As was the case with many of you fellow Twelve Fortians, I found Luker’s introductory exercise request quite the challenge. In fact, upon reading the sentence practically begging me to ‘write it down’, I firmly chose to evade performing the exercise since there were more urgent tasks to be accomplished (i.e. racing through the plethora of readings assigned for other classes). I should have known better since this exercise has inspired me to investigate the idiosyncrasies of the social world I inhabit and the collective experiences that have ignited passion and propelled me into the field of library and information science. After examining and interpreting the scrawl produced in fifteen minutes on a single-sheet of ruled, lined paper, I came to find that I indeed held an array of potential research interests. For the sake of space and time, I will provide detail for two inquiries I would pursue, were my efforts fail-proof.
I would first desire to explore the evolving nature of books and print culture as commodities propagating mass consumerist ideals and the implications this has on traditional library cataloging and categorization practices. Literature produced with a commodity-based intention attempts to reach the largest audience possible and thus often incorporates a cross-disciplined approach with regards to subject matter, genre, textual content, format and organization. An interesting way of looking at this is to compare current aims of the publishing/book-selling industry as kin to corporate business schemes absorbed with the creation of “one-stop shops” and “super-centres” housing any and every possible thing that can be marketed or translated into a product that meets consumer demand. Considering the undergraduate knowledge base I’ve acquired in Contemporary North-American and British Literature, I’d be interested in research which considers what the production and publication of a book that can be categorized in many different subject areas implies for traditional cataloging and categorization models. If there is a problem, where does it lie? What have information professionals, researchers and theorists thought of to advance, redefine or recreate the standardized cataloging models? What are the positions, if any, in terms of sub-categorization or the creation of new categories (or concept clusters) within cataloging models? What are the positions in repositioning cataloging models to a more generalized, all-encompassing method of cataloguing to create a place for these intersectional, cross-disciplinary texts? Is it beneficial to micro-categorize, what are the positive and negative technical, theoretical, and epistemological perspectives in micro-categorizing?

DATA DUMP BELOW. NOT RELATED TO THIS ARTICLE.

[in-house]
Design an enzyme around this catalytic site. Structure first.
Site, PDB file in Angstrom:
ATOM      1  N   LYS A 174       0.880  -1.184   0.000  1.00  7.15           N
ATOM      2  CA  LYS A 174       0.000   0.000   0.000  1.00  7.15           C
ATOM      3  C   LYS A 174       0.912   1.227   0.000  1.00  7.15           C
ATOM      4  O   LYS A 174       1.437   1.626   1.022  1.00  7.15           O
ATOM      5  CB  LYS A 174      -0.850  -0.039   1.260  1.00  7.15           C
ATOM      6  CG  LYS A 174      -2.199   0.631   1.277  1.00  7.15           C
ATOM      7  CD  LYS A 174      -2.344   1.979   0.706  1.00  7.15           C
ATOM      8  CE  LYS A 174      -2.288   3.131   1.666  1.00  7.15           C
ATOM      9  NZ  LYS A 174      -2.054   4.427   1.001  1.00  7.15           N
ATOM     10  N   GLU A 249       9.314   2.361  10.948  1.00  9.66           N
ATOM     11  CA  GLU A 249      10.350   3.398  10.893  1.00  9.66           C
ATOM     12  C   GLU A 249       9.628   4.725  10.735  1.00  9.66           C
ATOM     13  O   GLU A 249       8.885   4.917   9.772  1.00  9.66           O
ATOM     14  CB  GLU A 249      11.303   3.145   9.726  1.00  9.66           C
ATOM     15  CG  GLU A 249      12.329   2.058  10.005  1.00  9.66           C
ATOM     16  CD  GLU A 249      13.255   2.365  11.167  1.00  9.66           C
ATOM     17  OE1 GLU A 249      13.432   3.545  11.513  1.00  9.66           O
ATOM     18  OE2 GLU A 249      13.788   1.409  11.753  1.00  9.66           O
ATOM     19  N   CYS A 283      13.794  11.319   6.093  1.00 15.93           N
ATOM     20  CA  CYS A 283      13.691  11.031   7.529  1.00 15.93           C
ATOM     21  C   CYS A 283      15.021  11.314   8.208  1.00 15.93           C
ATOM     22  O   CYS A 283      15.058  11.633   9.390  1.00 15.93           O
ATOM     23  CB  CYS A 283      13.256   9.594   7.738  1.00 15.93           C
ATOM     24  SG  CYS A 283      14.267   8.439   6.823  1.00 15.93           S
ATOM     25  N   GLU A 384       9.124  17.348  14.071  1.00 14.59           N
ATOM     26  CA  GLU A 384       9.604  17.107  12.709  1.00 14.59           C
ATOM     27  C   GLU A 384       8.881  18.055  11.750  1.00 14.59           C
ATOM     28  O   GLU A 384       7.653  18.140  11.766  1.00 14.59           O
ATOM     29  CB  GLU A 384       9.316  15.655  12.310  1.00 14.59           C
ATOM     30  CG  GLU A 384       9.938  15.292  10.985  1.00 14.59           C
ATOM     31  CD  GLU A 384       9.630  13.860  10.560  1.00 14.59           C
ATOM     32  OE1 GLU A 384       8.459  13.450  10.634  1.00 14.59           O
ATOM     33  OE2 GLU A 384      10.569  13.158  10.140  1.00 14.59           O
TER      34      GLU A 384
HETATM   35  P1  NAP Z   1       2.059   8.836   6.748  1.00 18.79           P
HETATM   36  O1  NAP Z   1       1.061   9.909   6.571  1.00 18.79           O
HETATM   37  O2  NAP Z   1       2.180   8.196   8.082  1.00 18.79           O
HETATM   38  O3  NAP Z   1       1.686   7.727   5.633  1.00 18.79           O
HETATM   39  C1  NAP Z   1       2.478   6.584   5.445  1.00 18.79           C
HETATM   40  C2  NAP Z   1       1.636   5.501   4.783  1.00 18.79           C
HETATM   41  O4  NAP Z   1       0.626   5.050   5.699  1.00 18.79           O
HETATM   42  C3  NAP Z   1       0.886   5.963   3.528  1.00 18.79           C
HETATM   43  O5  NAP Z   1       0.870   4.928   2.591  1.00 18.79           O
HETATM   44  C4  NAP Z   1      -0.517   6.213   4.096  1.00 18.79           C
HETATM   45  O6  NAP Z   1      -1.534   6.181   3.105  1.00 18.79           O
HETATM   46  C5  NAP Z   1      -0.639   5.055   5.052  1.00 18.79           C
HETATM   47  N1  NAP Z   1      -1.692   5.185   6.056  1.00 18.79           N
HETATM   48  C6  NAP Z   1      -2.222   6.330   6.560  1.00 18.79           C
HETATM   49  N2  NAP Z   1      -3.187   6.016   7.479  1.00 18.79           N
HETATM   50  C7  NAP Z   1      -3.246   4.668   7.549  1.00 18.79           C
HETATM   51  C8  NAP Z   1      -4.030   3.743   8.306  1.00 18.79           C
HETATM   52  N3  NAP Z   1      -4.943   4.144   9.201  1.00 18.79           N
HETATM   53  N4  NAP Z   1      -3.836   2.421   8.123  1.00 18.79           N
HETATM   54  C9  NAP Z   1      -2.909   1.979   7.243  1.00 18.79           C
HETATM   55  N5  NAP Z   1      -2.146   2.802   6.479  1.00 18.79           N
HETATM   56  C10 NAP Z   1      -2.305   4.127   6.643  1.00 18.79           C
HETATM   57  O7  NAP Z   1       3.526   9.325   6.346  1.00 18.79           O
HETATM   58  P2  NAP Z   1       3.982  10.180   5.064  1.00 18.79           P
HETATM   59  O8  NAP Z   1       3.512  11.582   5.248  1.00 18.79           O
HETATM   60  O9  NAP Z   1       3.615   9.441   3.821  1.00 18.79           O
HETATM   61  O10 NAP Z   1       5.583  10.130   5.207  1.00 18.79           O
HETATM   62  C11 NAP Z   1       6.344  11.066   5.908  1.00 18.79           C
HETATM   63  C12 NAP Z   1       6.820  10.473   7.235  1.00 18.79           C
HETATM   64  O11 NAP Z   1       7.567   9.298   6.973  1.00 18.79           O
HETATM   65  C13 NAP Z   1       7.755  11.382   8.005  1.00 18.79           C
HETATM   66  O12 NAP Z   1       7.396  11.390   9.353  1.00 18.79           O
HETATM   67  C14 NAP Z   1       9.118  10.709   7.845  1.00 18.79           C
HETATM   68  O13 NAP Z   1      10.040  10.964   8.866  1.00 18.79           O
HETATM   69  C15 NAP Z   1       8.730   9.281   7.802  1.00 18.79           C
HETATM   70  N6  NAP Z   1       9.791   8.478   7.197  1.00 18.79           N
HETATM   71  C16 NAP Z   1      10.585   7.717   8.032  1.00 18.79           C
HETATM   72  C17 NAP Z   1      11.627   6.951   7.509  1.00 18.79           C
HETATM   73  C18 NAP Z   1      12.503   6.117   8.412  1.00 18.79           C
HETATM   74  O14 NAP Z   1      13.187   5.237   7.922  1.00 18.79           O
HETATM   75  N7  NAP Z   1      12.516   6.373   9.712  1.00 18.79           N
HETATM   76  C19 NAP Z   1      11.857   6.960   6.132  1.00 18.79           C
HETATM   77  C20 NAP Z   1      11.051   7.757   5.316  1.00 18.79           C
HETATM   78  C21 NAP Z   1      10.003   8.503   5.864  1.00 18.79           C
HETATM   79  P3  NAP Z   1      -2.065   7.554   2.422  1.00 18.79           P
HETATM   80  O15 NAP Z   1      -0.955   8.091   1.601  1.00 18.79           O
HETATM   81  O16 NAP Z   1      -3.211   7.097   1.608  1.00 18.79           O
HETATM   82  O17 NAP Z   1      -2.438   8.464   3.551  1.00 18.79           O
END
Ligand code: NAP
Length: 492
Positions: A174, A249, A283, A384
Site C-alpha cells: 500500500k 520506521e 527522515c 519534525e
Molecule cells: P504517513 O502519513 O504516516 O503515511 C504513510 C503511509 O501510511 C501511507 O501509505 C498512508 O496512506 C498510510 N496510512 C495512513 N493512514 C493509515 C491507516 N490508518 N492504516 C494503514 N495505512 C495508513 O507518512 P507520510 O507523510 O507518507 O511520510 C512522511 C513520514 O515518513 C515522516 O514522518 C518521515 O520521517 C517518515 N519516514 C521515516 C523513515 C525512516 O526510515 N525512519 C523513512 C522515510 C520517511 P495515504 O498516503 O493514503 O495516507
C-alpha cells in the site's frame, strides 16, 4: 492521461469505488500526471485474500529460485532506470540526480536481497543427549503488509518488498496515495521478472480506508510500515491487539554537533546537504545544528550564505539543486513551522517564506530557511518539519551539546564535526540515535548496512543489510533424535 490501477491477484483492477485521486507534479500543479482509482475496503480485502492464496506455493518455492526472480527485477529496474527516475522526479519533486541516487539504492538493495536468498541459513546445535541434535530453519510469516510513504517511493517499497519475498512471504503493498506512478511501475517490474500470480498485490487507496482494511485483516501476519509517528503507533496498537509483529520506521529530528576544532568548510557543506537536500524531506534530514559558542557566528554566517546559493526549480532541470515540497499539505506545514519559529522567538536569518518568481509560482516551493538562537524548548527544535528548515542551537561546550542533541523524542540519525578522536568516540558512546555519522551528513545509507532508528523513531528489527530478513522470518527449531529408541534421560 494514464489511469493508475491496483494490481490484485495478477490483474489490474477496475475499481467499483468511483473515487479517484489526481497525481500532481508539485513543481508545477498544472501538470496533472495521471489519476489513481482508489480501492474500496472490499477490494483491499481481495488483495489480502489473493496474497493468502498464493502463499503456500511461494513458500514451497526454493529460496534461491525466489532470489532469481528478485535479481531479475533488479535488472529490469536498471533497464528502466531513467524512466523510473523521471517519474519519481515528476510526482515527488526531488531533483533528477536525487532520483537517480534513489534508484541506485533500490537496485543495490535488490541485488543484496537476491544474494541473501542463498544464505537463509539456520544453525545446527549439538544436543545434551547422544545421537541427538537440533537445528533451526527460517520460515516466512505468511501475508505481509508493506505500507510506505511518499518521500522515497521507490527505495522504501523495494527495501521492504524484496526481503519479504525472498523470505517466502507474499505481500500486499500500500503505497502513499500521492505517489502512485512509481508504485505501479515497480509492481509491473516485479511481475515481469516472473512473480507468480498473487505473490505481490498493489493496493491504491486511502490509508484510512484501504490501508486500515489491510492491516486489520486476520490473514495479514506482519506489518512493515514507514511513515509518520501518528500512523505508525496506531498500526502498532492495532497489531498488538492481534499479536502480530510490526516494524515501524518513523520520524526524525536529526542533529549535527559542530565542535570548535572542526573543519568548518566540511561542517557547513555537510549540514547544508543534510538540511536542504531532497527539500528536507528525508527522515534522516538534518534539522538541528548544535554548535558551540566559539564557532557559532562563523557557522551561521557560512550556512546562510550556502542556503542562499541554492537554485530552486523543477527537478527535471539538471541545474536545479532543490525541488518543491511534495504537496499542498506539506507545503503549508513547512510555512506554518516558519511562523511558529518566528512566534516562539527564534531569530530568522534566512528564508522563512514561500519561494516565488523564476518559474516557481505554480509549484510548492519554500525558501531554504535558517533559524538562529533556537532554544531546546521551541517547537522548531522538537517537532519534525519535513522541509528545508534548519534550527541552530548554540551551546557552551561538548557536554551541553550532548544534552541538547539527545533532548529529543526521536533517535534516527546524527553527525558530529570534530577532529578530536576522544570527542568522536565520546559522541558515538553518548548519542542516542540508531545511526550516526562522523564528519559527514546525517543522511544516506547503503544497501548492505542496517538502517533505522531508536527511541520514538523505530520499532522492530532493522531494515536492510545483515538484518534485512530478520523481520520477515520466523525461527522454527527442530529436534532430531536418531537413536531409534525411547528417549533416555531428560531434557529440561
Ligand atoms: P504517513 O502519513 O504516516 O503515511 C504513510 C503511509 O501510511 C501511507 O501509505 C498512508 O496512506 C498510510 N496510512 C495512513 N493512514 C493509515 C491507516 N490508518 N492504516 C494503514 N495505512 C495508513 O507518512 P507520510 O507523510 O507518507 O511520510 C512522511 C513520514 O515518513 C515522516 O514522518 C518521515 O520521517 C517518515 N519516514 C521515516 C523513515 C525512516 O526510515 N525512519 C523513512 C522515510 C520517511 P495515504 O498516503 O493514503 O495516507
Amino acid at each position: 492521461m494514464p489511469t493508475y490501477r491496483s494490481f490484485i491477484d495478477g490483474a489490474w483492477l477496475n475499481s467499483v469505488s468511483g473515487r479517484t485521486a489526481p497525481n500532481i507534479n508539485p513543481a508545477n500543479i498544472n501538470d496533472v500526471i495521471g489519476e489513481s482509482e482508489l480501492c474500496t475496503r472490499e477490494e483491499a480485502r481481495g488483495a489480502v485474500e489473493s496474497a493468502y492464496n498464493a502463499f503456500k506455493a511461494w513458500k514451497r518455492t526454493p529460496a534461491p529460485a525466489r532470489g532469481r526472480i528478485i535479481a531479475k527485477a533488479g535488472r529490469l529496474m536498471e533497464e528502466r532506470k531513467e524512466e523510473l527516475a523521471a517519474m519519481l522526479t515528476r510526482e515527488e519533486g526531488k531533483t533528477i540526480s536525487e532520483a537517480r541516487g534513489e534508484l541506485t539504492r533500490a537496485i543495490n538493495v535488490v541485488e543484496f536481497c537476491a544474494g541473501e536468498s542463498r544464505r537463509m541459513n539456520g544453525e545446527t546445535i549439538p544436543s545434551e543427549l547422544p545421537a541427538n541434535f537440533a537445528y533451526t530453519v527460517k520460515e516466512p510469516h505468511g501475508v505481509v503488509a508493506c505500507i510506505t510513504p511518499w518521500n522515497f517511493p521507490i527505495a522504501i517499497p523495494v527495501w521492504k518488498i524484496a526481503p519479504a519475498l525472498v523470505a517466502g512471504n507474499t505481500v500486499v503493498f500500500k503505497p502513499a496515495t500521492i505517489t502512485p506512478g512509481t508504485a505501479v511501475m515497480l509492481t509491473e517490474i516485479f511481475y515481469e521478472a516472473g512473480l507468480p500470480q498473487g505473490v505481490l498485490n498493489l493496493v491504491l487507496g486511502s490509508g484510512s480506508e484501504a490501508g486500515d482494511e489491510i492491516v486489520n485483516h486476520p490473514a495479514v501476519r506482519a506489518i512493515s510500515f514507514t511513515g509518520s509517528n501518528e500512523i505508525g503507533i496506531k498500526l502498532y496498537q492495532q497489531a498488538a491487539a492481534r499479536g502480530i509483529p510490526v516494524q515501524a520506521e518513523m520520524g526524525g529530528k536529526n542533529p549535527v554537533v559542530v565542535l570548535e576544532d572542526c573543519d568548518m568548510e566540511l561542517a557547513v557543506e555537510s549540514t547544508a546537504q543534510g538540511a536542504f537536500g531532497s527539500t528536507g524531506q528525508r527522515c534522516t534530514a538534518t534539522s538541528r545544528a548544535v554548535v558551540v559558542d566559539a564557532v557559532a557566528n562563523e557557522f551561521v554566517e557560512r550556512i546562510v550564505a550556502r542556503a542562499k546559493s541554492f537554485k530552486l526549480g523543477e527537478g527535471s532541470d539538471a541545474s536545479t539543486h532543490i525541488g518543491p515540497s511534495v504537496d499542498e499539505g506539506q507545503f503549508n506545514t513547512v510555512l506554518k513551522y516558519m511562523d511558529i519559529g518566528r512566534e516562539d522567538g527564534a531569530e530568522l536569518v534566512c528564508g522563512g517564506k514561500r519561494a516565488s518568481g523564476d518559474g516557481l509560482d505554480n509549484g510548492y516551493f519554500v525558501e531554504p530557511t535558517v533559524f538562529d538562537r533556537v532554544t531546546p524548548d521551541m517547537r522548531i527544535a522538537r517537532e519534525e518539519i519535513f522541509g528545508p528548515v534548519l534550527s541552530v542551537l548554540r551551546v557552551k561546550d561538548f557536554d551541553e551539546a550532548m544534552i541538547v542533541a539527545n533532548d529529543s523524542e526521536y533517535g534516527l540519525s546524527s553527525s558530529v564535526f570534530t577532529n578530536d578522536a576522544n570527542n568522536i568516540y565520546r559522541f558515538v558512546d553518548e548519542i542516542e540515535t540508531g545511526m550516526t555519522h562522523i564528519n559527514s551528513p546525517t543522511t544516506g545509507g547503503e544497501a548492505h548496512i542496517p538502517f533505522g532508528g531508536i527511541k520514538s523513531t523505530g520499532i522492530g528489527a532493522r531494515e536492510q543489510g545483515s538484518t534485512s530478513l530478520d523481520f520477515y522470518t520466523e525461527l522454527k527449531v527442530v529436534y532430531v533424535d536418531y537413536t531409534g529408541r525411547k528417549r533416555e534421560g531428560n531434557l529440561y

I am also interested in how all this would (or how does all this already) affect the role and responsibility of librarians involved in areas other than cataloging, such as the acquisitions/collections development process, or what a specific shift from traditional cataloging methods would mean for information professionals and library users in their search and retrieval practices.
After attending a few class lectures in Collection, Development, Evaluation and Management, I began to also gain an interest in the increasing movement of libraries and information-driven institutions towards outsourced modes of collection development, particularly third-party library managing companies. Combining this knowledge with my experience working in a major national bookstore and a municipal public library, I question what implications or issues an outsourced staffing model creates in youth collections development policies and practices in a public library setting. As there are competing discourses in this area of study, a large portion often target pre-approved vendor lists, sourced from best-selling lists or popular media praise, as problematic since they embrace a cookie-cutter model of what certain demographics should be reading with little or no consideration for the content or quality of information being disseminated. I am interested in the ethical issues of this staffing model since it devises a collection merely based on pre-set, trending lists of content that falls under a broad based idea of what “teen culture” embodies. I feel as though this reader demographic is often misrepresented as a result, for there are a diversity of needs to consider in relation to what is deemed ‘proper’ or ‘appropriate’ content in the Junior/YA realm.
Stemming from this research interest would be the exploration of how a youth collection interspersed with higher-level literature, culturally assumed as intended for adult reading, would function if adopted on the YA shelves of a public library. Since the Young Adult materials section is traditionally intended as a space for that particular age group, how does, or how would, the presence of youth-appropriate adult literature and/or audio-visual materials affect the information behaviour practices of youth user groups, readers and audiences?
I realize now that at the beginning of this post I promised to discuss only two interests – I’ve definitely broken that promise. It’s intriguing how the attempt to investigate one question can spur a multitude more and so on and so forth. Such is the nature of our social world! Thanks for reading.
– Olivia Wisniewski